OBJECTIVES: The DIrect Statin COmparison of LDL-C Values: an Evaluation of Rosuvastatin therapY (DISCOVERY)-Asia study is one of nine independently powered studies assessing the efficacy of starting doses of statins in achieving target lipid levels in different countries worldwide. DISCOVERY-Asia was a 12-week, randomised, open-label, parallel-group study conducted in China, Hong Kong, Korea, Malaysia, Taiwan, and Thailand.
RESULTS: A total of 1482 adults with primary hypercholesterolaemia and high cardiovascular risk (> 20%/10 years, type 2 diabetes, or a history of coronary heart disease) were randomised in a 2 : 1 ratio to receive rosuvastatin 10 mg once daily (o.d.) or atorvastatin 10 mg o.d. The percentage of patients achieving the 1998 European Joint Task Force low-density lipoprotein cholesterol (LDL-C) goal of < 3.0 mmol/L at 12 weeks was significantly higher in the rosuvastatin group (n = 950) compared with the atorvastatin group (n = 471) (79.5 vs. 69.4%, respectively; p < 0.0001). Similar results were observed for 1998 European goals for total cholesterol (TC), and the 2003 European goals for LDL-C and TC. LDL-C and TC levels were reduced significantly more with rosuvastatin compared with atorvastatin. Both drugs were well-tolerated and the incidence and type of adverse events were similar in each group.
TRIALS REGISTRATION: The trial registry summary is available at http://www.clinicaltrials.gov/; ClinicalTrials.gov Identifier: NCT00241488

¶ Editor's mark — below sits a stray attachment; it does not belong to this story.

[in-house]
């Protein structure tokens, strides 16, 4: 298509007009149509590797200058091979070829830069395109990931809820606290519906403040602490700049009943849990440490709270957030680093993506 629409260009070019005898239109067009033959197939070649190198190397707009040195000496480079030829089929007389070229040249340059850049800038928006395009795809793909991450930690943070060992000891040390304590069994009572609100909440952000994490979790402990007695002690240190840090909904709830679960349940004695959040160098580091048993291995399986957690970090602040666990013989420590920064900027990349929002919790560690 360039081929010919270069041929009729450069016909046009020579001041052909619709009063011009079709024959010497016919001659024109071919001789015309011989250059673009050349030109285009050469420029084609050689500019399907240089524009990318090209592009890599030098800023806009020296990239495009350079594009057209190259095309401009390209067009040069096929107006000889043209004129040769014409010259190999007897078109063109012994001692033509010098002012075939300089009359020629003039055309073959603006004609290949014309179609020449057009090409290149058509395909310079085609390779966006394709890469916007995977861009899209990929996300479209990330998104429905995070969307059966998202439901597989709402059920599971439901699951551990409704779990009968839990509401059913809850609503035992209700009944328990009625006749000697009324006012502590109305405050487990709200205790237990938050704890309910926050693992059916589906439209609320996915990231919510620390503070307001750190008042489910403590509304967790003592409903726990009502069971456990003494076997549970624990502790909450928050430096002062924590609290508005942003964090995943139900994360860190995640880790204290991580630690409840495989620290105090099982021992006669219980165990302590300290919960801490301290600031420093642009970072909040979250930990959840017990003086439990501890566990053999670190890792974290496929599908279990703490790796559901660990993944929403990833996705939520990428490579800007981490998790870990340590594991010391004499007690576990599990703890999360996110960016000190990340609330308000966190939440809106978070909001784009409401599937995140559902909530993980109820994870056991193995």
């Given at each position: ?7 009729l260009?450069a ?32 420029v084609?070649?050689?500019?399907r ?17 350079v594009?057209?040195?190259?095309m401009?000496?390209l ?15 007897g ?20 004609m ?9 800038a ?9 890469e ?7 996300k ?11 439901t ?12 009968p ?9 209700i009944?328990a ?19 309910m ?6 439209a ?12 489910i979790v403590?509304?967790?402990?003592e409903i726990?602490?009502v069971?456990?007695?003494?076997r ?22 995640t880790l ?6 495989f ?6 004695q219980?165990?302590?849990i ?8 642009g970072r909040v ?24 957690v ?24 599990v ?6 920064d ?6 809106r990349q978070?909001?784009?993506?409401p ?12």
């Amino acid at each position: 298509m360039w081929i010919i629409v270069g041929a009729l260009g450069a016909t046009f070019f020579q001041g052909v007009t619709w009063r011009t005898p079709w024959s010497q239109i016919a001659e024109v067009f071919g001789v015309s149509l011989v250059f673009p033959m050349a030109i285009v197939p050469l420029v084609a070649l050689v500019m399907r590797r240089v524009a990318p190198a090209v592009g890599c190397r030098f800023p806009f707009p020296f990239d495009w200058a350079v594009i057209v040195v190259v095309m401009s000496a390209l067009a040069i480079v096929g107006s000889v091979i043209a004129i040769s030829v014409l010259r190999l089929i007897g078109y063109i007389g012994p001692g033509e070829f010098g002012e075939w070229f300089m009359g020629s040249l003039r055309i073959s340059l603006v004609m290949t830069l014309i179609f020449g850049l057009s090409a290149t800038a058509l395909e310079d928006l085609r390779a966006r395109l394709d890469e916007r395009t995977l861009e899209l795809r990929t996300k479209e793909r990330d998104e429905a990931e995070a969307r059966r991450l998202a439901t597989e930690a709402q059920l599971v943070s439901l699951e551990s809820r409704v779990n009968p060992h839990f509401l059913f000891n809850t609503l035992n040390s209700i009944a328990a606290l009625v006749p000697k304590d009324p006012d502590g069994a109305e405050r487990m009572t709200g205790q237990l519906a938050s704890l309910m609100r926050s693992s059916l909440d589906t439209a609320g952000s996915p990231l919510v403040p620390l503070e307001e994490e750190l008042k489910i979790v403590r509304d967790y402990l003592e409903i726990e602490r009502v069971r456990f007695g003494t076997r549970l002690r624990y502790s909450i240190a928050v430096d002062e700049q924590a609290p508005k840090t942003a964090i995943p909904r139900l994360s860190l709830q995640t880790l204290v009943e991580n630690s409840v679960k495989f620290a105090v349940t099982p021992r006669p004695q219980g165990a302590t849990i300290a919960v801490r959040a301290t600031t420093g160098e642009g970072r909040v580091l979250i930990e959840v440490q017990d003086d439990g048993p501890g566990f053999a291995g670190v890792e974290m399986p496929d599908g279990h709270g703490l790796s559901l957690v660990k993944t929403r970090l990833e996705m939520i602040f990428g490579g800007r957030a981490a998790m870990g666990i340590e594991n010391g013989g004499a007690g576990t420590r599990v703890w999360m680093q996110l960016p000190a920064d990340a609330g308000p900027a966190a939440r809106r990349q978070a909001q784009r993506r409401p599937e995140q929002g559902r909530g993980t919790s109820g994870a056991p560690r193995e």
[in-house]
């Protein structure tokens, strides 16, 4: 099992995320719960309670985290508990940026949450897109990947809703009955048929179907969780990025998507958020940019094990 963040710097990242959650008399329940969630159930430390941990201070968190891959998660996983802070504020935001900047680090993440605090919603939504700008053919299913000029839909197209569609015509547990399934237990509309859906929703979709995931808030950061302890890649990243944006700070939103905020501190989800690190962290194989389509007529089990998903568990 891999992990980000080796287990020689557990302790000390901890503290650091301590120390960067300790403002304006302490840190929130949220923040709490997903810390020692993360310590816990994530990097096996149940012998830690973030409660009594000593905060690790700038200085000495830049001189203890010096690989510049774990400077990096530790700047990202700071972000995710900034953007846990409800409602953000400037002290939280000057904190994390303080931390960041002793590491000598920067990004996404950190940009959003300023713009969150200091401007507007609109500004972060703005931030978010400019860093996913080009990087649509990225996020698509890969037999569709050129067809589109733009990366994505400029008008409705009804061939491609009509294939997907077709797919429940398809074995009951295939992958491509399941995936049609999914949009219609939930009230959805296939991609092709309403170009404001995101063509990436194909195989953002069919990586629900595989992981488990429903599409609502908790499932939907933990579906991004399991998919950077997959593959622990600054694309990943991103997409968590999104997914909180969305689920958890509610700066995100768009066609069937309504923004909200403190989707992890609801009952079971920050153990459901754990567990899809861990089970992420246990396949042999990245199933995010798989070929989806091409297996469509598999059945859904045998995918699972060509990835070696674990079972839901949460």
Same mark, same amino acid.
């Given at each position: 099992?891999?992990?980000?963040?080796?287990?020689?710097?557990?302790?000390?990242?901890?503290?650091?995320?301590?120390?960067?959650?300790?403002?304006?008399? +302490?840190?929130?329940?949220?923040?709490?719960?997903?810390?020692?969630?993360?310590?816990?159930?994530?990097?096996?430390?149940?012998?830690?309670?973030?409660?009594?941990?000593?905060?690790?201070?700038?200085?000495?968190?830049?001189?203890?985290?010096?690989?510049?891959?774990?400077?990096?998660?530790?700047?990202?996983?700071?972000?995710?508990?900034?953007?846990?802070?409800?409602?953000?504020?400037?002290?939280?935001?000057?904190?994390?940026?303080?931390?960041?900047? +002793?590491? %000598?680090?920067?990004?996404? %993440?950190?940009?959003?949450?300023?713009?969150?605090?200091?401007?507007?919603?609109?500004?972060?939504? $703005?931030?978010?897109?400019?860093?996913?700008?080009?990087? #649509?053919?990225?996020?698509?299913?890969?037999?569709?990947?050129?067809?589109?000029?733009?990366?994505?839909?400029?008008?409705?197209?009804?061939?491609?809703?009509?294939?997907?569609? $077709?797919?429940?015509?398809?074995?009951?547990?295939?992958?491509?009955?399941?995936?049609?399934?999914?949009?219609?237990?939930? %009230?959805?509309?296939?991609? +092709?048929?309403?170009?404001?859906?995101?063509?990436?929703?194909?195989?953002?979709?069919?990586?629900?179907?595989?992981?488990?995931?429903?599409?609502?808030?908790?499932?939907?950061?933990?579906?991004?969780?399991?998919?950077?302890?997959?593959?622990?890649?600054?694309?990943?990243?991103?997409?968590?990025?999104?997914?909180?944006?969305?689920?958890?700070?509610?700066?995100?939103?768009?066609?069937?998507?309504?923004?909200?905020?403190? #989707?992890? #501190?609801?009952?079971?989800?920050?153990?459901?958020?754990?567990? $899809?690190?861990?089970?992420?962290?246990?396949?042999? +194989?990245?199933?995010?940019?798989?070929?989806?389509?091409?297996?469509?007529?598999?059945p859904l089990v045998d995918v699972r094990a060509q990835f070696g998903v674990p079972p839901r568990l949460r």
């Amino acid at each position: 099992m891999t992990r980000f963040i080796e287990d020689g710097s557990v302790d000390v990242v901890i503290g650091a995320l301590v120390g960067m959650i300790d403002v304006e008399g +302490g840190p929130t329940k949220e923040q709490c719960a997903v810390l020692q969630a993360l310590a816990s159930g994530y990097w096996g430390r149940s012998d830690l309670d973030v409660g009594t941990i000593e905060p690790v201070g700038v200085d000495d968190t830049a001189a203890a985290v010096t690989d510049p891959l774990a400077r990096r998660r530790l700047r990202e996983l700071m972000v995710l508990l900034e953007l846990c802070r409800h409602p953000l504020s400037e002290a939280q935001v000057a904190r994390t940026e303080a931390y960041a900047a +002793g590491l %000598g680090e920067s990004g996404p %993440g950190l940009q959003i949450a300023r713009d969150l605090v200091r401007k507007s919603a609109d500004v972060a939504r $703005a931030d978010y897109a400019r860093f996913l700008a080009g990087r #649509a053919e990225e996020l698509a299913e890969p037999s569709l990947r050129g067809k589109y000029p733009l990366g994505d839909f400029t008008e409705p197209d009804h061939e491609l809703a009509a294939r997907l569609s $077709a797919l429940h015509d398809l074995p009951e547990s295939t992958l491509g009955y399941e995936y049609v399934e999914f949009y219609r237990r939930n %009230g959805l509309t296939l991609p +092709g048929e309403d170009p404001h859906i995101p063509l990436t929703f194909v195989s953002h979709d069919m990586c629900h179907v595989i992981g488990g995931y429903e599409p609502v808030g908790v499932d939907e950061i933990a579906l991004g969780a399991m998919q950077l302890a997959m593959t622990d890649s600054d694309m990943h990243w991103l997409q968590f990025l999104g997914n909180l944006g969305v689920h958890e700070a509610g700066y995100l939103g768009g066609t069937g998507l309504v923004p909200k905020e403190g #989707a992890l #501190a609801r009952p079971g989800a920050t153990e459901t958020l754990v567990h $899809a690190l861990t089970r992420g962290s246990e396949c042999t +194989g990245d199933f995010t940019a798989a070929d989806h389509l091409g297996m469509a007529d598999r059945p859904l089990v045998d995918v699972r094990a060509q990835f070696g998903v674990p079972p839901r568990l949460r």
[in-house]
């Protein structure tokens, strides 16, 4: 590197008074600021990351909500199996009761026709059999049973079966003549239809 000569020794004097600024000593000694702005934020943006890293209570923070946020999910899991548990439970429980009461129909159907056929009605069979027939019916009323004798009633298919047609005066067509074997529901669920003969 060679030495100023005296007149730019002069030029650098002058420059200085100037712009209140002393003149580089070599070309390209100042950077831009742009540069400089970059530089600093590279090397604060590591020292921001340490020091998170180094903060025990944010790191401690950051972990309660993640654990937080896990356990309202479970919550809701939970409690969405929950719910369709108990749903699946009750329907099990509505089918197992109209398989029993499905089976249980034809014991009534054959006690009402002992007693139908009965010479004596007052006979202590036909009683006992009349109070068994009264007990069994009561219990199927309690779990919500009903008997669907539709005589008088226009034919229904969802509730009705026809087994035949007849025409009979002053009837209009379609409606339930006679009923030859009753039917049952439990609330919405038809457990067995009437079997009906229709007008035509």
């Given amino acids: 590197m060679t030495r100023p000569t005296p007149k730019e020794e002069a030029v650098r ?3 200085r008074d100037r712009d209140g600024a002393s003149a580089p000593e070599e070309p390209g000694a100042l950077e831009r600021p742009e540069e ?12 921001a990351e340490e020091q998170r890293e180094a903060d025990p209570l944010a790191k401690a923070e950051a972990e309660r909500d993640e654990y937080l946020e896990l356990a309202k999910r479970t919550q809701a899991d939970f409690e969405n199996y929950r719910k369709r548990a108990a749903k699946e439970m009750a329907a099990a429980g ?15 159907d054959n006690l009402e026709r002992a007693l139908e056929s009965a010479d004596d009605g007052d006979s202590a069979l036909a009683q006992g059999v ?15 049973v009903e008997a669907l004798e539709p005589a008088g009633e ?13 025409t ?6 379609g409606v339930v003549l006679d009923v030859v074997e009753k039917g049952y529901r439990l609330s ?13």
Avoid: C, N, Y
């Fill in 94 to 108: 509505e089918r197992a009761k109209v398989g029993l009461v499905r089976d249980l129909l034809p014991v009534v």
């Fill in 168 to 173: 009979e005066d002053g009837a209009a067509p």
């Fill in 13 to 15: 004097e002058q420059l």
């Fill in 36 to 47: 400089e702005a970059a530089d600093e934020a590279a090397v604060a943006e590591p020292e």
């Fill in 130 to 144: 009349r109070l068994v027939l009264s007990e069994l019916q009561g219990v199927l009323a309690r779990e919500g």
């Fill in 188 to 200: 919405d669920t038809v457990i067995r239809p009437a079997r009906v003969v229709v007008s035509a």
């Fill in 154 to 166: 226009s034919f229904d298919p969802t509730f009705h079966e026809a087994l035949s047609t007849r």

CONCLUSIONS: This 12-week study showed that the starting dose of rosuvastatin 10 mg o.d. was significantly more effective than the starting dose of natorvastatin 10 mg o.d. at enabling patients with primary hypercholesterolaemia to achieve European goals for LDL-C and TC in a largely Asian population in real-life clinical practice. The safety profile of rosuvastatin 10 mg is similar to that of atorvastatin 10 mg in the Asian population studied here, and is consistent with the known safety profile of rosuvastatin in the white population.
METHODS: This is a cross-sectional study involving 848 young diabetic patients from seven different centres, with representation from the three main ethnic groups. Clinical history and physical examination was done and blood taken for HbA1c, fasting glucose, total cholesterol, low-density lipoprotein (LDL) and high-density lipoprotein (HDL) cholesterol and triglycerides.
RESULTS: The overall lipids were suboptimal, worse in Type 2 diabetes mellitus (DM) patients compared with Type 1 DM patients. Of the Type 2 patients, 73.2% had total cholesterol > 5.20 mmol/l, 90.9% had LDL-cholesterol > 2.60 mmol/l, 52.6% had HDL-cholesterol < 1.15 mmol/l and 27.3% had serum triglycerides > 2.30 mmol/l. There were ethnic differences in the lipid levels with the Malays having the highest total cholesterol (mean 6.19 mmol/l), and the highest LDL-cholesterol (mean 4.16 mmol/l), while the Chinese had the highest HDL-cholesterol (geometric mean 1.24 mmol/l). Ethnicity was an important determinant of total, LDL- and HDL-cholesterol in Type 2 DM, and LDL- and HDL-cholesterol and triglycerides in Type 1 DM. Glycaemic control was an important determinant of total, LDL-cholesterol and triglycerides in both Type 1 and Type 2 DM. Waist-hip ratio (WHR) was an important determinant of HDL-cholesterol and triglycerides in both types of DM. Gender was an important determinant of HDL-cholesterol in Type 2 DM, but not in Type 1 DM. Socioeconomic factors and diabetes care facilities did not have any effect on the dyslipidaemia.